24th Jan, 2021

Probe finds Coventry councillor Rois Ali breached code of conduct over non-declaration of business interests referred to police and making threats

Les Reid 29th Oct, 2018 Updated: 31st Oct, 2018

COUNCILLOR Rois Ali breached Coventry City Council’s code of conduct by failing to declare some of his business interests in matters referred to the police, an independent investigation has found.

The Labour councillor will now go before fellow councillors on the local authority’s ethics committee, which will decide if he is to be punished.

The wealthy businessman and property owner could face anything from a censure – a formal ticking off – to removal from certain duties.

Police were brought in, but decided not to prosecute.

In a damning ruling, he is also accused of breaching the code of conduct by making indirect threats concerning his political opponent, Conservative councillor Tim Mayer, including that he would “stamp on him”.

The landowner of a string of properties with restaurants and takeaways across Coventry, is also well known as a former restaurateur, formerly of the Rupali restaurant in Tile Hill and the former MYO at the Old Fire Station in Coventry city centre.

The Coventry Observer has in the last two years exposed numerous omissions and errors in Coun Ali’s declaration of his business interests, including omissions of certain properties he owns.

We also exposed a pattern of planning permission breaches at food eatery properties owned by him, including Ginger Orange restaurant in Kenpass Highway, Stivichall; and the Village Cafe in Tile Hill village. In each case, he as landlord has claimed the breaches of planning permission were the responsibility of his tenants.

An agenda item to go before the ethics committee next Tuesday (November 6) sets out details of the investigation into a complaint made that Coun Ali has breached the Code of Conduct for Elected Members.

A formal complaint was made in January by Coun Mayer that Coun Ali had failed to enter on his register of interests certain Disclosable Pecuniary Interests that he held.

Following consideration of the complaint by the monitoring officer Julie Newman, this matter was referred for a ‘Stage 2 investigation’ to an independent investigator Matt Lewin.

Tuesday’s agenda reads: “Following his investigation Mr Lewin found that Councillor Ali had breached four paragraphs of the Code.

“Councillor Ali accepts that he is in breach of two of these paragraphs but denies a breach of the other two.

“The matter is now to be presented to the Ethics Committee to consider whether or not Councillor Ali has breached the Code of Conduct for Elected and Co-opted

Members; and if so, should any sanctions be applied.”

The agenda adds: “Councillor Ali is a prominent businessman and landowner in Coventry and he has a number of interests throughout Coventry; Councillor Ali in his response felt that the requirements around registering his various interests were confusing and complex.

“When Mr Lewin was first appointed to investigate the complaint he considered that there were reasonable grounds to suspect that Councillor Ali had committed a criminal offence.

A referral was therefore made to West Midlands Police who considered the material provided in the referral and subsequently confirmed that they would not on this occasion be taking any action to progress a prosecution.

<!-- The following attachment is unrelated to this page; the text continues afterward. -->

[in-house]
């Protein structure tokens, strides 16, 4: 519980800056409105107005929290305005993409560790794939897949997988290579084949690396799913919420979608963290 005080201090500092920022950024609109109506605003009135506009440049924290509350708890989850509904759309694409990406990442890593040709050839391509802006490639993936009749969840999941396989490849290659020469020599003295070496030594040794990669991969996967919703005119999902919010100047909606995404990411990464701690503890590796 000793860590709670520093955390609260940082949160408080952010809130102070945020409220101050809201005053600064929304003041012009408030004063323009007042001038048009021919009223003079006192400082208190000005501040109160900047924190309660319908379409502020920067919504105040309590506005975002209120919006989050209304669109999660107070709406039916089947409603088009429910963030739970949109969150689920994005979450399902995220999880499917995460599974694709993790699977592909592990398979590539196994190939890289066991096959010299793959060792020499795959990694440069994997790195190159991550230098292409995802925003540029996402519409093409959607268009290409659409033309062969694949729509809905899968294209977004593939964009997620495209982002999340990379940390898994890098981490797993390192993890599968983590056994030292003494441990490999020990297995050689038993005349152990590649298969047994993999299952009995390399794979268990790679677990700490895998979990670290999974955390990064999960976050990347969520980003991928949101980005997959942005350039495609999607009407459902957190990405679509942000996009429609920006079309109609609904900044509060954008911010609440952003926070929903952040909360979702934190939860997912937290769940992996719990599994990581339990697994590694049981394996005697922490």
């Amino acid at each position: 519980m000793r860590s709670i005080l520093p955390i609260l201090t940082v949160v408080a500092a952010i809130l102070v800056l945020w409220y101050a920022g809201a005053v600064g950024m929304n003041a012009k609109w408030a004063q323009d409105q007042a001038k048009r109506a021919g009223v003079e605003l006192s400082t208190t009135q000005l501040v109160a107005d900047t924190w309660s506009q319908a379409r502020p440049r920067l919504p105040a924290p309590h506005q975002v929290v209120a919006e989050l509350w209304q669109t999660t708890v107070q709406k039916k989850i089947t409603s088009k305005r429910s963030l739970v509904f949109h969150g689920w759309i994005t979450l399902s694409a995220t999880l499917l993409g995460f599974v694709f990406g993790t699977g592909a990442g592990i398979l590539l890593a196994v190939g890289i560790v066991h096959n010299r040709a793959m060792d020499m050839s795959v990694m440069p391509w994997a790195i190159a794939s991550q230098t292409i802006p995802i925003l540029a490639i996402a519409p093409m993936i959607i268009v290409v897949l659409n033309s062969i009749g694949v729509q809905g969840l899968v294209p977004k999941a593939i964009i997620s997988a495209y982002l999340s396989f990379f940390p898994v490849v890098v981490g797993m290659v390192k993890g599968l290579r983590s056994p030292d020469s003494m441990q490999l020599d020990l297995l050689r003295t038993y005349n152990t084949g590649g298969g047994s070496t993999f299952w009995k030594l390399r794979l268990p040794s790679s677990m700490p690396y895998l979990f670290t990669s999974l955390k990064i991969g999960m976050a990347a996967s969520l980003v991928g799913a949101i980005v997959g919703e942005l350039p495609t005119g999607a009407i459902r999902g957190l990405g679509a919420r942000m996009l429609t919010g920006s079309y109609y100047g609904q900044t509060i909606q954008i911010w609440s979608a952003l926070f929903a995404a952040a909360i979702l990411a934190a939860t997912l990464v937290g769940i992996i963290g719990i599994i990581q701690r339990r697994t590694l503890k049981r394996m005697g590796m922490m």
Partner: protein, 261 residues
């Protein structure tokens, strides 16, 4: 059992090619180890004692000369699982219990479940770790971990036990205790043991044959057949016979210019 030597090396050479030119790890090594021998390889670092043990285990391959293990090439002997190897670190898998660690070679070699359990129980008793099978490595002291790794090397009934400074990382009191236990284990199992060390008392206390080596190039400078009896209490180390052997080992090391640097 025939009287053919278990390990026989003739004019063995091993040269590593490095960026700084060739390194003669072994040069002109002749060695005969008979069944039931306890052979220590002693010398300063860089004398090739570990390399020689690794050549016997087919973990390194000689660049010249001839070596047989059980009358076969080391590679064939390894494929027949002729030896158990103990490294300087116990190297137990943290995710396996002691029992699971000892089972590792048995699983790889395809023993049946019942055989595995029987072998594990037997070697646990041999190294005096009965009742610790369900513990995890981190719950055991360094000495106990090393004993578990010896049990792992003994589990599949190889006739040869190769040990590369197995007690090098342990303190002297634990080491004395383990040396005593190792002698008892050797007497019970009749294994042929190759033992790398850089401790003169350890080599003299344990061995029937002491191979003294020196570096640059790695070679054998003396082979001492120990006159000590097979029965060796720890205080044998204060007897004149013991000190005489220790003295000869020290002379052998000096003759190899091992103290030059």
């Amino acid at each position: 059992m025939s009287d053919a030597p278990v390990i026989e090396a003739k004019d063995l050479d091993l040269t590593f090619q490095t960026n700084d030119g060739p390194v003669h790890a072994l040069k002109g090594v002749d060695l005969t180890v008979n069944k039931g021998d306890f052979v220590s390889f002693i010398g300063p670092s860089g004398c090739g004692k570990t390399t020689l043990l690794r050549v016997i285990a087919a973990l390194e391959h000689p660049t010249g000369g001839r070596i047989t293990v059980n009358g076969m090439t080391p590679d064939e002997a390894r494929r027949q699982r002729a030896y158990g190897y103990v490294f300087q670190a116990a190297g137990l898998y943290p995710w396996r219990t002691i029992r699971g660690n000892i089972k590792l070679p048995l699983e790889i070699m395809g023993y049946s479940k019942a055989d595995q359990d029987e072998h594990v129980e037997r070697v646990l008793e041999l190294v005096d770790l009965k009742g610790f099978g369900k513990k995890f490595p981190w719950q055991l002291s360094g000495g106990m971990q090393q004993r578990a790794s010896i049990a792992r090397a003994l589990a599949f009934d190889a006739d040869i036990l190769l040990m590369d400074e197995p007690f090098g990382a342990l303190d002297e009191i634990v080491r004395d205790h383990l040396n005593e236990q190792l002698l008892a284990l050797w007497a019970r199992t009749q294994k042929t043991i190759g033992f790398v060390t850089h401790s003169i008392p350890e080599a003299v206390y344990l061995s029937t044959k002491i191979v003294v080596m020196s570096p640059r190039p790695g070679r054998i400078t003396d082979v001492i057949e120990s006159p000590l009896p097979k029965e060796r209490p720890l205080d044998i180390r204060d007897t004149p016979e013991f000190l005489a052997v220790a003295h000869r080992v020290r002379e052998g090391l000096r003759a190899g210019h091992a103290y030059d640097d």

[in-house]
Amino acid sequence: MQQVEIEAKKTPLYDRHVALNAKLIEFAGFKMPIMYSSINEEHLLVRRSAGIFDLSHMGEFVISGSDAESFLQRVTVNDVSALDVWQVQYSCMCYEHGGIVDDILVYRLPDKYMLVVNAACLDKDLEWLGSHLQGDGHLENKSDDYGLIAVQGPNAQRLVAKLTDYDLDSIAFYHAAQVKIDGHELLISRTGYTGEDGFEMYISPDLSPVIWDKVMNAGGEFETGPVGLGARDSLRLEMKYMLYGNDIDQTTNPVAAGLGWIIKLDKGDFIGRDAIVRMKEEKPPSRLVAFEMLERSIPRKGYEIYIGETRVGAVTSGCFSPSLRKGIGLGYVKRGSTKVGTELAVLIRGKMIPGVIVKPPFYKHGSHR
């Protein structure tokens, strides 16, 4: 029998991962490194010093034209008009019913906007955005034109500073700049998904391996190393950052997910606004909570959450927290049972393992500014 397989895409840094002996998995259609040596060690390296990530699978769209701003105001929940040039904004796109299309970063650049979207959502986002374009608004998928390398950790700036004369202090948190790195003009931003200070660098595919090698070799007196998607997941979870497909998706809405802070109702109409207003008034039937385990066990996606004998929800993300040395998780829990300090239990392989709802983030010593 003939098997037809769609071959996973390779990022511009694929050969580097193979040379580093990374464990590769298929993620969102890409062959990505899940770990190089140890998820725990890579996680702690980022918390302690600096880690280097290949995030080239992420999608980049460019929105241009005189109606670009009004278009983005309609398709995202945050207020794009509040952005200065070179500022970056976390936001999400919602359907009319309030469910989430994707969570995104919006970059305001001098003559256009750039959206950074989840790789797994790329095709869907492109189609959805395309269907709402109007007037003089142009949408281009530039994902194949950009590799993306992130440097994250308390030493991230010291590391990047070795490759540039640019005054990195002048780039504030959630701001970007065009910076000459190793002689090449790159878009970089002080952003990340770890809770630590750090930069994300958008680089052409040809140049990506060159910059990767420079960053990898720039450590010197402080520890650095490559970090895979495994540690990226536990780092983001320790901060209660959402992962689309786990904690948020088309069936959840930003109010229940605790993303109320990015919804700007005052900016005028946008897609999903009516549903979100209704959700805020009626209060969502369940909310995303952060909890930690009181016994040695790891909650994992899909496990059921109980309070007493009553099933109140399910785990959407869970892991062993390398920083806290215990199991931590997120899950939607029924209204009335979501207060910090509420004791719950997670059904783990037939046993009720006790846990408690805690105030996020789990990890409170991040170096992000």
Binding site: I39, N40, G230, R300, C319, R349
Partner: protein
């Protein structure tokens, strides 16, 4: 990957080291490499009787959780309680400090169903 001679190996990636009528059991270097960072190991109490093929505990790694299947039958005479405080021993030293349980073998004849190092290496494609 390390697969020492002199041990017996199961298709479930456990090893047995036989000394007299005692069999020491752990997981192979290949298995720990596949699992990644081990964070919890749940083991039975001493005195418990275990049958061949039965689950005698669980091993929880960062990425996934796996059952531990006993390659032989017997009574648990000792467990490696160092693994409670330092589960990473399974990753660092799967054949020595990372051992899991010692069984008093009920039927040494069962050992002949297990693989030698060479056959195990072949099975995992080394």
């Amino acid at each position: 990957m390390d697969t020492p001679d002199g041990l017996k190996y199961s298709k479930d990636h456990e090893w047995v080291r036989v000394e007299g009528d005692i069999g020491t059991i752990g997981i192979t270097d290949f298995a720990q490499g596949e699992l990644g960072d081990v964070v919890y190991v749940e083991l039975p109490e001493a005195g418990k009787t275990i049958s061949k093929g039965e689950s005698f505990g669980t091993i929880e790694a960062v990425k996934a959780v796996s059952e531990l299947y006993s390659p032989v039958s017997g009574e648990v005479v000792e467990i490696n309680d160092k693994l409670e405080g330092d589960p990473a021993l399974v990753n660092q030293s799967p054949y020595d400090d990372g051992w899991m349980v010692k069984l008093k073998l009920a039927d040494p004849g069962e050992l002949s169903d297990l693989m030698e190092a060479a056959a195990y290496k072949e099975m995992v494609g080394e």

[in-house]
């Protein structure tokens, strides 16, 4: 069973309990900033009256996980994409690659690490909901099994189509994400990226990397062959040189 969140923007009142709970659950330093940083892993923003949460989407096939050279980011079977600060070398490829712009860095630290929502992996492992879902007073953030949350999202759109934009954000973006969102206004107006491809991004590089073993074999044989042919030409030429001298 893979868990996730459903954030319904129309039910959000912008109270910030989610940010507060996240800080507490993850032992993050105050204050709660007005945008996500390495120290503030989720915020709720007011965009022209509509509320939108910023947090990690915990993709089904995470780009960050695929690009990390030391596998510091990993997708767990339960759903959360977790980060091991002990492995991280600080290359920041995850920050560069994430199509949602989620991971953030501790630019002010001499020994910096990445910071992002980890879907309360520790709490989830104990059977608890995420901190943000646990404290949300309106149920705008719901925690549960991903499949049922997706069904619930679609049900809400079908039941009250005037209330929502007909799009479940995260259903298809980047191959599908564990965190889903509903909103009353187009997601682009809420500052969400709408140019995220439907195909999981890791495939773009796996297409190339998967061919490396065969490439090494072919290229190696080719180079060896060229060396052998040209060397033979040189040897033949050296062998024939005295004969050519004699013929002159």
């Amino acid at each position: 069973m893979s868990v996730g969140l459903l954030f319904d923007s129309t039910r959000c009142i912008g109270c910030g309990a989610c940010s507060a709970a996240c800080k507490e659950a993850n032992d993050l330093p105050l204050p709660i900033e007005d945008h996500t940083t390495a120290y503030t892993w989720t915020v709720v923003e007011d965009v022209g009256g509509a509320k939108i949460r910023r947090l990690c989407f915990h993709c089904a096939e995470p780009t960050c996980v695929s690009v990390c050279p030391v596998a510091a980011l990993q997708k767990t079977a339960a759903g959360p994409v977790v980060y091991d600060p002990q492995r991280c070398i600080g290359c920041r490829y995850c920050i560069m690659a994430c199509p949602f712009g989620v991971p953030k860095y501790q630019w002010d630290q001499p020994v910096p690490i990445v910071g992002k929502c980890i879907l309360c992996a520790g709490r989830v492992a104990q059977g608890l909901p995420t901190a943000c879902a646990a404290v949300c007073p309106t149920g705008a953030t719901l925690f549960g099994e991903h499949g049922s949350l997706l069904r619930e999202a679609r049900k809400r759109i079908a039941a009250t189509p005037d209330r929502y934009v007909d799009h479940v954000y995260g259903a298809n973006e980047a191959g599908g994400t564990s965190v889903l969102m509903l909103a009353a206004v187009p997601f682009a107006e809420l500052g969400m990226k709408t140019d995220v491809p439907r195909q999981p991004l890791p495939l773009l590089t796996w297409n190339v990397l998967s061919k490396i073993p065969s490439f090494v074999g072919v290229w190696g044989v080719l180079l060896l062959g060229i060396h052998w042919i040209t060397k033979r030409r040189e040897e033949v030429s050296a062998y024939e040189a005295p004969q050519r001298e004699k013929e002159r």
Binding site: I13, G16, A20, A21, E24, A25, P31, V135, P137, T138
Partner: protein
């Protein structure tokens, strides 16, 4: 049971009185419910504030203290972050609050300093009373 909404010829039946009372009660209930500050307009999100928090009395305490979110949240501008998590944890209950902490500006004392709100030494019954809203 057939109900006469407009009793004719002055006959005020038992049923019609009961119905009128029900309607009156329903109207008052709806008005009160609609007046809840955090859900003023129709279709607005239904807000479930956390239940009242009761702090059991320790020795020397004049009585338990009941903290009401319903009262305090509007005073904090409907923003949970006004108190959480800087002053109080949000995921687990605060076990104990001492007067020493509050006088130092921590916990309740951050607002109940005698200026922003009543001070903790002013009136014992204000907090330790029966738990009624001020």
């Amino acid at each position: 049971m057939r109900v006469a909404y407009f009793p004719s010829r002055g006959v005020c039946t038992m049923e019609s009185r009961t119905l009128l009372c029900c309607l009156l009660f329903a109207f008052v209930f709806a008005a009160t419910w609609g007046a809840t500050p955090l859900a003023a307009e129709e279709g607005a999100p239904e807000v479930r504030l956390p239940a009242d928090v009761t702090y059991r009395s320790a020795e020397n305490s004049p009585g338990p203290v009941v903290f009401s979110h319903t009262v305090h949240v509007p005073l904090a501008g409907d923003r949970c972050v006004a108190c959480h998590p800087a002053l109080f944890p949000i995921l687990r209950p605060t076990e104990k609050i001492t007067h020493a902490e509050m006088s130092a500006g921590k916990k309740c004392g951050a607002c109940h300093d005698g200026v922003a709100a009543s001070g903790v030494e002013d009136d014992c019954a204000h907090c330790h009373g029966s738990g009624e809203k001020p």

“Mr Lewin proceeded with his investigation and interviewed Councillor Ali as part of his enquiries. Councillor Ali in this interview confirmed that he had “sorted out” his register and provided reasons for not having completed his register within the required timescale.

“In his conclusion Mr Lewin did not accept the reasons provided by Councillor Ali and was concerned that he appeared not to appreciate the important point of principle that his duty to the public must take priority over his private interests.

“During the interview Councillor Ali also made comments in respect of Councillor Mayer who had made the complaint including that he would “stamp on him” and “take him to the cleaners”. Mr Lewin found these comments to also constitute a breach of the Code.”


The four paragraphs of the Code of Conduct that Mr Lewin has found that Councillor Ali has breached are:

a) Paragraph 2 (f) – Honesty – I will declare any private interests relating to my public duties and take steps to resolve any conflict arising in a way that protects the public interests.

b) Paragraph 3 (h) – Behave in accordance with all my legal obligations, alongside any requirements contained within the Councils’ policies, protocols and procedures, including on the use of the Council’s resources.

c) Paragraph 5.1 (a) – Register and where appropriate, disclose those disclosable pecuniary interests that I am obliged to declare under the Localism Act and associated regulations.

d) Paragraph 3 (j) Always treat people with respect, including the organisation and public I engage with and those I work alongside;

* The report adds: “Mr Lewin did not consider the Councillor Ali had acted dishonesty in that he had not made any personal gain by his failing to declare his DPIs and that he had not deliberately sought to conceal his interests.”

Councillor Ali accepts that he “technically “ breached the (parts of) the code.

We have approached Coun Ali for comment.


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